In France the tide ‘coefficient’ is commonly used to determine the size of the tide in relation to its mean. The range is typically between 20 and 120, and the higher the tidal coefficient, the larger the tidal range, or the difference in water height between high and low tide. With a mean value of 70, boaters can easily identify the state of the tide in relation to spring and neaps.

Co-efficients commonly referred to in France to determine tide

Waiting for an outgoing tide, we departed the Golfe de Moubihan at midday to sail 60nm to Ile de Yeu, once again arriving at near darkness. The entrance to the harbour is clearly marked and fortunately the visitors dock was available and the weather for entry was kind. Navigating the Bay of Biscay takes careful planning – tides, currents, shallow port entries and daylight hours must all be taken into consideration.

Approach to Joinville, Ile d’Yeu in daylight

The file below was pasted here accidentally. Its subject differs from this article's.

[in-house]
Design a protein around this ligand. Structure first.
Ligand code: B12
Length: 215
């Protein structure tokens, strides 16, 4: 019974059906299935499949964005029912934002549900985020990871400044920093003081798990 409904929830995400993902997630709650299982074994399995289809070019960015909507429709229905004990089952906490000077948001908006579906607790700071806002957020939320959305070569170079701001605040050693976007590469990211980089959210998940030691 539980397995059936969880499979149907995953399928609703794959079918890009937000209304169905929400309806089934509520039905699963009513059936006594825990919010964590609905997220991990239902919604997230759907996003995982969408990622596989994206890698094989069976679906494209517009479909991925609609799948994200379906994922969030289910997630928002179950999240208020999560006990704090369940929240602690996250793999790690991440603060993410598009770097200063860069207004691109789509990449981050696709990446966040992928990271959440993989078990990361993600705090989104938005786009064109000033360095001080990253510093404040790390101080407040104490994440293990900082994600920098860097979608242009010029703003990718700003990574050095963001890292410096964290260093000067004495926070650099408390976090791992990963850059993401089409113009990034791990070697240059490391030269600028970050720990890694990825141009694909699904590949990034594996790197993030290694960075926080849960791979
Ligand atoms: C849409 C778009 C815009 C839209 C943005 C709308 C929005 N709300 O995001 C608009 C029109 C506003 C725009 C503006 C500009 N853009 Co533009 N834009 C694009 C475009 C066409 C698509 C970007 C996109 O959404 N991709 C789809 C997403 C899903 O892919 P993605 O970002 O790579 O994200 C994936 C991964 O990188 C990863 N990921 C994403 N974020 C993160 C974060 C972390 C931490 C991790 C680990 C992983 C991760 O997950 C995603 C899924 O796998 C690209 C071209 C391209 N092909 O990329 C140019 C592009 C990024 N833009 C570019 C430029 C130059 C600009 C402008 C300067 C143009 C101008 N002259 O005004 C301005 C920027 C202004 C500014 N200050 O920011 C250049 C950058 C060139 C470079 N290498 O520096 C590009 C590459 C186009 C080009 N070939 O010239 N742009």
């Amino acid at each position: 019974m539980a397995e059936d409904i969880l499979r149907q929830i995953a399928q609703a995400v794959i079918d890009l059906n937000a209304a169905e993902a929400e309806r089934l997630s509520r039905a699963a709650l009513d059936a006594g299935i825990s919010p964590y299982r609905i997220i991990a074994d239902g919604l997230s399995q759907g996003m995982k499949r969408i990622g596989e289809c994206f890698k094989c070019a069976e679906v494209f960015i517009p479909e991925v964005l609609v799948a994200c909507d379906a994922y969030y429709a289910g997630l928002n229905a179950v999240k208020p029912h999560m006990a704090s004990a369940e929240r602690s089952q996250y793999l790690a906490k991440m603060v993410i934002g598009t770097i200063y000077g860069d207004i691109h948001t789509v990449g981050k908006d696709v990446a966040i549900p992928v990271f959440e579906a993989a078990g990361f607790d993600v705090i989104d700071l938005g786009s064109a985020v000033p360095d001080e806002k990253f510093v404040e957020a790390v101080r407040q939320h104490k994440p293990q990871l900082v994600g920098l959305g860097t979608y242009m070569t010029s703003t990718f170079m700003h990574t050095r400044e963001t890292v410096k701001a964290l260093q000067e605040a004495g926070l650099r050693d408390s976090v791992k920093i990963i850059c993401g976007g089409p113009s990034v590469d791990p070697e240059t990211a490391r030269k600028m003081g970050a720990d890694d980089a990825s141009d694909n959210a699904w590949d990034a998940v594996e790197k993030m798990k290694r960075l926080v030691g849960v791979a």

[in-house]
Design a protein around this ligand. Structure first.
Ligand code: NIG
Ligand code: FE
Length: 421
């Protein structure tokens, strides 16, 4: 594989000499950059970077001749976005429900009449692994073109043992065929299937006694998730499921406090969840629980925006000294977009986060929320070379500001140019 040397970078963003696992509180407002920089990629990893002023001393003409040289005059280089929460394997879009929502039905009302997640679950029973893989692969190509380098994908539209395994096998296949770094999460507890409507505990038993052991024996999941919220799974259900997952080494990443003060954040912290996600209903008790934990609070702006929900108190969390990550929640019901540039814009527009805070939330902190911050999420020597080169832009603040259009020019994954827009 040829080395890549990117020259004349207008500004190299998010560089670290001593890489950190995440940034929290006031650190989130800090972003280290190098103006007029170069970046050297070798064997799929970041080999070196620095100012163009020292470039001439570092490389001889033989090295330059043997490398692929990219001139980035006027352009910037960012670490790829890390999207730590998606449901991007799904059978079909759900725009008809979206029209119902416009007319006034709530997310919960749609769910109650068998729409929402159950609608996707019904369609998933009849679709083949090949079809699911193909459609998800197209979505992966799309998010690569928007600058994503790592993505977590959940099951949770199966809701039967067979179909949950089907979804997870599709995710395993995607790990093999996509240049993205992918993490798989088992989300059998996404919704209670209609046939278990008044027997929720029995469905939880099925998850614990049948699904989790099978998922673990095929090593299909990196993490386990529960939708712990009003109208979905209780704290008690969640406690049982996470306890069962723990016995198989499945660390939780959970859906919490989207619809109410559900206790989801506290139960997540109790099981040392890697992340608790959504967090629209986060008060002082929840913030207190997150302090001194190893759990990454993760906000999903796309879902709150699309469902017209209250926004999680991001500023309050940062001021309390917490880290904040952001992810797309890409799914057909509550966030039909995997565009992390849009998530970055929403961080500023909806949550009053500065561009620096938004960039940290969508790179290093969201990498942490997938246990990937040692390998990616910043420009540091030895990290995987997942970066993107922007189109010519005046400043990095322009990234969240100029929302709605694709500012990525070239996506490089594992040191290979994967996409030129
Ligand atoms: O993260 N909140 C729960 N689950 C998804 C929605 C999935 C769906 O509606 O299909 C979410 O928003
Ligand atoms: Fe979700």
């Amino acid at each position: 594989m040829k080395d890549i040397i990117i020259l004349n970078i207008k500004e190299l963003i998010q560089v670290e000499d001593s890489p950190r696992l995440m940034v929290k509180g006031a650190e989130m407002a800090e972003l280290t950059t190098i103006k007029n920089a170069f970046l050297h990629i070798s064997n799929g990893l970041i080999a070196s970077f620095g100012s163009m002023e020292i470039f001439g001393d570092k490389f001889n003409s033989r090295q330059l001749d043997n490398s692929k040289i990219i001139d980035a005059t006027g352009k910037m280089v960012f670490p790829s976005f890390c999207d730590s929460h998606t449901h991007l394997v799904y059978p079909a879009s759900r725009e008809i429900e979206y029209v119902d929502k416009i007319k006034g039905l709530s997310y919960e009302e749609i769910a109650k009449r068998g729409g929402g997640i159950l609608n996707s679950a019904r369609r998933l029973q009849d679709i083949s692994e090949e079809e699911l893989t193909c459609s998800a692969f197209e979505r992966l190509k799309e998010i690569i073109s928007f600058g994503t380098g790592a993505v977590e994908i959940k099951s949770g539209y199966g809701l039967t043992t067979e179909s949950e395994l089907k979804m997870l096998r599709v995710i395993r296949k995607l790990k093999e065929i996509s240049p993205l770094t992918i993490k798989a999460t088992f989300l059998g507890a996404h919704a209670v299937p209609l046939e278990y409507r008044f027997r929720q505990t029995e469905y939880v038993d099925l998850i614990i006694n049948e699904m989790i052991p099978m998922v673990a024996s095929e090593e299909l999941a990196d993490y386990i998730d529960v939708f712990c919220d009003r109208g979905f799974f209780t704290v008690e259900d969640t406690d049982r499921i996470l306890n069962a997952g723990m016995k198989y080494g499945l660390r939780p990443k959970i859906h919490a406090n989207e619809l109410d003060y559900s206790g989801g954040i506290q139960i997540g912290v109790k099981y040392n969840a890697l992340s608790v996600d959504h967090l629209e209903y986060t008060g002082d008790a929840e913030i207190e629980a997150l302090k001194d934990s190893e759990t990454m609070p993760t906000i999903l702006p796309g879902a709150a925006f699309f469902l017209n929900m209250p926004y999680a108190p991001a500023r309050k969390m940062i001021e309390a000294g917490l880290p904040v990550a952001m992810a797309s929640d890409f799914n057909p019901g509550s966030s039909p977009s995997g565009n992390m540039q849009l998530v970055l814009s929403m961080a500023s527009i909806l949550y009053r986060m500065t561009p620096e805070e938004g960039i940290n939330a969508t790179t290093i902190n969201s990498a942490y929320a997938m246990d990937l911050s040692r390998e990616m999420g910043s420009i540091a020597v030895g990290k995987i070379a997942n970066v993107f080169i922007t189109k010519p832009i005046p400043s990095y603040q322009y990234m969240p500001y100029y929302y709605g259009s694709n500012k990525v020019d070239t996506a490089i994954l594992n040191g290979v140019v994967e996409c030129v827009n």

From Ile d’Yeu, we sailed 50nm to reach the shallow waters to the north of Ile d’Re where we dropped anchor for the night. From here we could plan our entry into Port of La Rochelle, 12nm away. The approach to La Rochelle is very shallow – a dredged entry of only 0.8m (Blue Heeler has a 2m draft), so we must have at least a 2m tide to navigate to the wet basins of La Rochelle; even still, the locks on the Bassin des Yachts and Bassin des Chaltiers don’t open until two hours before high tide and close one hour after high tide. While we are used to calculating tidal movements, the coefficient is an added aid to assist with navigation. The day we planned to enter, the coefficient was around 85 and increasing over the coming days with the spring tide increasing the tides to over five metres.